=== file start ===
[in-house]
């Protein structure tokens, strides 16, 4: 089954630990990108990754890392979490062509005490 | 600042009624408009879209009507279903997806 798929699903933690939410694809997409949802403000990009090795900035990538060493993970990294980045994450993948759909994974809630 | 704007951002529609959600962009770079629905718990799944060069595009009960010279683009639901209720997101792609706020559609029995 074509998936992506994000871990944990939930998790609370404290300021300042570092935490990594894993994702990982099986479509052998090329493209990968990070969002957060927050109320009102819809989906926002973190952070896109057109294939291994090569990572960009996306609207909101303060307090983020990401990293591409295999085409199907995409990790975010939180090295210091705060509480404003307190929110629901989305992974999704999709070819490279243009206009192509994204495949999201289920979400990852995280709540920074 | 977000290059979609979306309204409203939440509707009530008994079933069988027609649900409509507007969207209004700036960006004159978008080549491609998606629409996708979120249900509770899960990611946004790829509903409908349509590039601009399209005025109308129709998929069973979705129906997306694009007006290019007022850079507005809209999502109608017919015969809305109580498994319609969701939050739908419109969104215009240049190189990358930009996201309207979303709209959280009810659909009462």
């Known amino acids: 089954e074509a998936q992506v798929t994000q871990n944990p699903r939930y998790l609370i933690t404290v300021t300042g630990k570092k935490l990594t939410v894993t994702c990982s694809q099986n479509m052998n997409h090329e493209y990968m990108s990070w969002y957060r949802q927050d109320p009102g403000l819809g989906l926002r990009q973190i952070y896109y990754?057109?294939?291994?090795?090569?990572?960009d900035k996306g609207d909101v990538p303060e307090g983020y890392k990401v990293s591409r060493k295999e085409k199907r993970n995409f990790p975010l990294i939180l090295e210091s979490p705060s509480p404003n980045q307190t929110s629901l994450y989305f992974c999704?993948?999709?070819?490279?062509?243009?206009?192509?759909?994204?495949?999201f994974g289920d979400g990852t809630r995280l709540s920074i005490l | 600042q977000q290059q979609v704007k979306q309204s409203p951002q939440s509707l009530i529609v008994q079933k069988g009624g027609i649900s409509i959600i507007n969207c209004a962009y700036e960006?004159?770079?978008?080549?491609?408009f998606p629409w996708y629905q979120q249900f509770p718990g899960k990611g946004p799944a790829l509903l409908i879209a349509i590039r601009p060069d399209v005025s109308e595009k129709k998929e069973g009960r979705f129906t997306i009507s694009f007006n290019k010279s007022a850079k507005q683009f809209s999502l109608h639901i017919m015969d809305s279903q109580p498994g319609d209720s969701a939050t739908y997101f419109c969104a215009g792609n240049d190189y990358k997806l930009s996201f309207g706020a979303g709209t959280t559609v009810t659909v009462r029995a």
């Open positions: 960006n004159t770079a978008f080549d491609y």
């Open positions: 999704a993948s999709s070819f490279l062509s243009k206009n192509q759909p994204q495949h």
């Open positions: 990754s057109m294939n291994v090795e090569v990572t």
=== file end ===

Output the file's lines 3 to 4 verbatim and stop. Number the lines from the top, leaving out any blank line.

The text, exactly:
């Known amino acids: 089954e074509a998936q992506v798929t994000q871990n944990p699903r939930y998790l609370i933690t404290v300021t300042g630990k570092k935490l990594t939410v894993t994702c990982s694809q099986n479509m052998n997409h090329e493209y990968m990108s990070w969002y957060r949802q927050d109320p009102g403000l819809g989906l926002r990009q973190i952070y896109y990754?057109?294939?291994?090795?090569?990572?960009d900035k996306g609207d909101v990538p303060e307090g983020y890392k990401v990293s591409r060493k295999e085409k199907r993970n995409f990790p975010l990294i939180l090295e210091s979490p705060s509480p404003n980045q307190t929110s629901l994450y989305f992974c999704?993948?999709?070819?490279?062509?243009?206009?192509?759909?994204?495949?999201f994974g289920d979400g990852t809630r995280l709540s920074i005490l | 600042q977000q290059q979609v704007k979306q309204s409203p951002q939440s509707l009530i529609v008994q079933k069988g009624g027609i649900s409509i959600i507007n969207c209004a962009y700036e960006?004159?770079?978008?080549?491609?408009f998606p629409w996708y629905q979120q249900f509770p718990g899960k990611g946004p799944a790829l509903l409908i879209a349509i590039r601009p060069d399209v005025s109308e595009k129709k998929e069973g009960r979705f129906t997306i009507s694009f007006n290019k010279s007022a850079k507005q683009f809209s999502l109608h639901i017919m015969d809305s279903q109580p498994g319609d209720s969701a939050t739908y997101f419109c969104a215009g792609n240049d190189y990358k997806l930009s996201f309207g706020a979303g709209t959280t559609v009810t659909v009462r029995a």
């Open positions: 960006n004159t770079a978008f080549d491609y």